|By Teri Ditslear|
Joy in the Journey
It is a spiritual practice that has finally been given a name, holding space, or in simpler terms, "listening." For some people it is difficult to do, others find it extremely uncomfortable. Holding space is a pause, being comfortable with letting someone just be who they are. Often times, when we have a problem, and we share this problem with another person, this friend might try to give advise or fix said problem. Admittedly, I am a recovering fixer of problems, a recovering advice giver, especially when it comes to giving unsolicited advice. Because empathy is one of my spiritual gifts, people are intuitively at ease telling me their stories of both struggle and success. It takes a certain amount of restraint to keep my mouth shut, and not blather on about all the ways to fix said problem. Most of the time, people just want a safe space to air out issues of struggles, hurdles, or sorrow. I have the great fortune to have a husband who knows how to hold space for me. Instead of offering advice when I complain or pout, he just listens until I give him the green light to weigh in on the subject at hand.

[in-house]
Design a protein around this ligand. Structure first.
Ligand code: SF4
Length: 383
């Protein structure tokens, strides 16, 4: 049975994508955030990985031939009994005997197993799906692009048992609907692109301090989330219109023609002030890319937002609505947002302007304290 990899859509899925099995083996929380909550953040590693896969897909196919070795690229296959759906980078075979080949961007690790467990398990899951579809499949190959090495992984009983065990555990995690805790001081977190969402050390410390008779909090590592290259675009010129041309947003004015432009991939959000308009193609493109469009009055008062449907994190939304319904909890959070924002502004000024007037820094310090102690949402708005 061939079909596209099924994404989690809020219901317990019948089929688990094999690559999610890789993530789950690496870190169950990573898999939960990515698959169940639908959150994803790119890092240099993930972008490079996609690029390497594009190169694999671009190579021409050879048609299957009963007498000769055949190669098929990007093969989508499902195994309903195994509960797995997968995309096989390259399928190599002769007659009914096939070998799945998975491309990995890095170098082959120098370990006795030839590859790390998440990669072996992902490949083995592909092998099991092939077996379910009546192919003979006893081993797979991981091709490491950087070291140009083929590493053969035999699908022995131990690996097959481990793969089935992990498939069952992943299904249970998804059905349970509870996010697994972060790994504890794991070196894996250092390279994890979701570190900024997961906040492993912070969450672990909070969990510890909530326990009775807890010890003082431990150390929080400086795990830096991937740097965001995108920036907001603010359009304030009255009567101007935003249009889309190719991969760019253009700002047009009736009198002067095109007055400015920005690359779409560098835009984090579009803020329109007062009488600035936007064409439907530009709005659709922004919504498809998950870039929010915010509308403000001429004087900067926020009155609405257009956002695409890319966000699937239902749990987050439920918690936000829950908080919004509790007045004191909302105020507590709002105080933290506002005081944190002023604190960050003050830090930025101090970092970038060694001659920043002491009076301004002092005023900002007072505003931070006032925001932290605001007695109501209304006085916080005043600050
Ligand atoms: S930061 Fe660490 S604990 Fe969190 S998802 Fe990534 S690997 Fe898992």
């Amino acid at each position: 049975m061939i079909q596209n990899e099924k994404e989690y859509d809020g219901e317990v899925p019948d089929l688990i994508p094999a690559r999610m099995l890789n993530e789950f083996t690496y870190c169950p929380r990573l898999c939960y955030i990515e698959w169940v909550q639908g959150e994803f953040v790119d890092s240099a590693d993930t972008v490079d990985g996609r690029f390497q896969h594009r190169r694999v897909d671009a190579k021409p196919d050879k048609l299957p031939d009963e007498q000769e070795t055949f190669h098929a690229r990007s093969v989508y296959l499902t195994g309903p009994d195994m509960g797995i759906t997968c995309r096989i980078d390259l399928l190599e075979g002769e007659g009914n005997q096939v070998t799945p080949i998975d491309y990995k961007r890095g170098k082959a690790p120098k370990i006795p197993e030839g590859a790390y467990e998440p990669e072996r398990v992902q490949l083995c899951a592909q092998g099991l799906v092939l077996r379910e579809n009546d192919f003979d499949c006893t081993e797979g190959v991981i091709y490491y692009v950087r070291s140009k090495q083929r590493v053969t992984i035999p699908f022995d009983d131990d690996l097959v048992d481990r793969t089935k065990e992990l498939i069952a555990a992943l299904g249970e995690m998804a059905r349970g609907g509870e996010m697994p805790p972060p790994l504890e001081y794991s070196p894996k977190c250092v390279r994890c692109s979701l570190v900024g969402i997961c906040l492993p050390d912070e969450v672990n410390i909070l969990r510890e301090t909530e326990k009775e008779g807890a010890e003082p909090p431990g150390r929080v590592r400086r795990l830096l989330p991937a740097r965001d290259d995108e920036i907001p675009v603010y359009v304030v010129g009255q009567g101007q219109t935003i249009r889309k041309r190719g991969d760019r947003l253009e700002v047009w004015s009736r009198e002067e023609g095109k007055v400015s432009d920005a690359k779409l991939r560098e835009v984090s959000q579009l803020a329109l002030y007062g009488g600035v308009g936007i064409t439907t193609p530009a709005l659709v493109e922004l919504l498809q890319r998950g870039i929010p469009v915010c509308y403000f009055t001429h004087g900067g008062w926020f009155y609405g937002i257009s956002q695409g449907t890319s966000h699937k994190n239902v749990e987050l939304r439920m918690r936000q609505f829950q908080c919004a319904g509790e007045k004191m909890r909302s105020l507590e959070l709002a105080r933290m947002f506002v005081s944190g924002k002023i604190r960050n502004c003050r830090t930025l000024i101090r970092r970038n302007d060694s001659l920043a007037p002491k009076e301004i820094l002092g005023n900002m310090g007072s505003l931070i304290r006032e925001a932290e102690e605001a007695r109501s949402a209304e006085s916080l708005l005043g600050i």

Holding space is also a spiritual practice that can last for much longer than a conversation. Holding space for someone while they figure out who they are is a sacred trust between God and you and the person to whom you are holding space. Being in the room, just being present while someone is grieving or suffering in some way, is holding space. Letting our children figure out life instead of always rescuing is holding space. For that matter, letting our friends, and family become who they are without judgment, and in love is holding space.
This week, I read an article that proposed the idea that it is the people who have the gift of holding space, who will be the ones that bring new life into the Church. In the midst of divisive political and cultural changes, it will be a welcome relief to have more people of faith to learn how to simply hold space. Listening more, and talking less naturally brings about the transformation of understanding into compassion. The world seems to be so very loud these days. People vying to be right regardless of the damage that is done through violent rhetoric and assumptions is a social disease that can be quelled by holding space.
Changing the tone of the world, starts first through our own interactions with those close to us. Letting our children be who they are meant to be is a good first step. Letting our spouses and partners be who they are, instead of who we wish they were is also holding space. I wonder, what would our community and our world look like if we held space for each other, listened to one another, and used more compassion and empathy as a way to understand one another. I imagine we would soon see peace. Let it be so.
Noblesville's Teri Ditslear is a pastor whose column appears Saturdays in The Times. Contact her at email@example.com, on Facebook or at www.rolcommunity.com
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